Unit 11: Using Managerial Accounting: Trends and Ratios
In this unit we examine the three-pronged approach managerial accountants and potential investors typically use to analyze a company’s financial information. First, we use trend analysis and common-size analysis to examine trends the company has experienced
within its own financial sphere, such as sales and earnings from one year to the next. Secondly, we compare the company's financial measures with its main competitors in the industry. Finally, we compare the company's financial ratios with industry-wide
averages or standards.
Completing this unit should take you approximately 6 hours.
Upon successful completion of this unit, you will be able to:
- use a trend analysis and a common-size analysis to evaluate financial statement information;
- use ratio analysis to measure profitability, short-term liquidity, long-term solvency, and market valuation; and
- create a balanced scorecard to analyze non-financial performance.
11.1: Trend Analysis
Financial stability is an important attribute of how your company is perceived by customers and competitors. Similarly, your company will be evaluated by others: customers, suppliers and stakeholders. All publicly traded corporations publish annual financial information; even privately held corporation can be and often are asked for their financials. The principles of managerial accounting are used to determine trends and ratios to evaluate the strength of each company’s income statement and balance sheet. Trends and "common size analysis" and ratio analysis are all used to make intra- and inter- comparisons of performance. This unit should give you a better idea about how financial stability is determined and used for any company. Read the Chapter 13 Introduction, then click "Next Section" to read Section 13.1.
Watch this horizontal/trend analysis for Elky Co.
Financial analysis is an important skill set that integrates everything we have discussed so far in this course. Think about your own skills. Can you do what this video is talking about?
11.2: Common-Size Analysis
Read section 13.2. When you are dealing with many numbers of comparatively large magnitudes, it becomes difficult to distinguish important features or attributes of those numbers. With common size analysis, you reduce numbers to percentages and then compare percent difference. For example if you have a company that has $450,000 in profit on sales of $2,220,000, while another has profit of only $375,000 on sales of $1,500,000, how do you compare these numbers? This is the strength of common size analysis, which is also known as vertical analysis.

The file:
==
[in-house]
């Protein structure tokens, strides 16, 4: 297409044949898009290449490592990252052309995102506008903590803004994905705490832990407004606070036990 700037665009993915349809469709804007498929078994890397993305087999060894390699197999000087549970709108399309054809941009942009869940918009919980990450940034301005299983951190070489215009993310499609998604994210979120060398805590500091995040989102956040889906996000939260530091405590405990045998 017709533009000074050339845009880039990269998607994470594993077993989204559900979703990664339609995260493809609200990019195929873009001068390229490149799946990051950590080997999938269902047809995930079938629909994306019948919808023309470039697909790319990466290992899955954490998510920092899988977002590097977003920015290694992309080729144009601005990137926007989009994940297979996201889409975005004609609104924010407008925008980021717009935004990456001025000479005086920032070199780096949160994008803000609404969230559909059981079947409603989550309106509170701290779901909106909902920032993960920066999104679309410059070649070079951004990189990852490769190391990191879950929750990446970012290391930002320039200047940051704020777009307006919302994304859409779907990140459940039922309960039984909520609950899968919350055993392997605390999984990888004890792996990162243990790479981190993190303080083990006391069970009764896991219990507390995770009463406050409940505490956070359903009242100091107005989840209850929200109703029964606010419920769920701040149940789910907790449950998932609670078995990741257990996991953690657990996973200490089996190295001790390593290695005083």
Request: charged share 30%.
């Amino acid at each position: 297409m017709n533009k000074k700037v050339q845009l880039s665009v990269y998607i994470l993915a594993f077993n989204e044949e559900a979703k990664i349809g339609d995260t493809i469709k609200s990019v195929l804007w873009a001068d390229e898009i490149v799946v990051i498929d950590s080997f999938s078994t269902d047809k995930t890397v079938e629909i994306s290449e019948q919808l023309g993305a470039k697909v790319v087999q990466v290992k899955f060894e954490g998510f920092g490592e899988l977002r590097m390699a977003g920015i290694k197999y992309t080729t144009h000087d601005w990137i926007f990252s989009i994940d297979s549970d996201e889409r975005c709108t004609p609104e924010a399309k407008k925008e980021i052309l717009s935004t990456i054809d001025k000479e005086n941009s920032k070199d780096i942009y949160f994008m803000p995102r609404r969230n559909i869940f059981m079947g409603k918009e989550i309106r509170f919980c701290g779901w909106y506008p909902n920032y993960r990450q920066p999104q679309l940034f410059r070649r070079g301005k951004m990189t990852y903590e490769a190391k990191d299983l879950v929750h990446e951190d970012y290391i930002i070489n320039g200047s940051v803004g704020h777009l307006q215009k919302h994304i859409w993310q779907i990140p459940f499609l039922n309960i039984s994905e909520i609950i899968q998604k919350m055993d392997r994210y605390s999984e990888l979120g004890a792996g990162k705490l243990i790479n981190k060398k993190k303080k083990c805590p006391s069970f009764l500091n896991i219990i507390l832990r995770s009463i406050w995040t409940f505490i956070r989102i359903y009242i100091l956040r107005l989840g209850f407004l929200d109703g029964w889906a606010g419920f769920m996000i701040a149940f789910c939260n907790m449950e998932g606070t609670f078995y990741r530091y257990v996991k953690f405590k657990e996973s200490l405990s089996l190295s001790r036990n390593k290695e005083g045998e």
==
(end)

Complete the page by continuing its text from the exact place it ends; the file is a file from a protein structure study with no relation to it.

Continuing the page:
This video shows how a client can compare his financial statements to another company's statements with vertical analysis.
11.3: Ratio Analysis
The most robust type of analysis is ratio analysis. A ratio is a comparison of two numbers and normally takes the form of a fraction, decimal, or percentage. A ratio can be specific to a company, to companies within a region, to an industry, or to a stock exchange. Ratios are versatile and powerful. This section will show you how to use ratios to explain and compare companies to other companies or industries as a whole.
Profit margin ratio
There are four basic types of ratios, which are used to measure profitability, short-term liquidity, long-term solvency, and market valuation.
These videos examine the financial statements for Squirrel Co. and give several examples of useful ratios.
11.4: Chicken Deluxe’s Choice
Before you read the final sections of Chapter 13 regarding Chicken Deluxe, go back to the beginning of this chapter and review their problem. Review the analysis that the management accountants at Chicken Deluxe produced and note the use of all the elements you have been reading about in this unit. In coming to a management decision, seldom will numbers provide an answer on their own. A good CEO and a good team will also consider nonfinancial performance measures in coming to a decision. This process of considering nonfinancial performance measures is considered and you will note how similar the methodology is to those we have discussed above for financial performance measures. Read section 13.4 and 13.5. The end of chapter exercises are optional.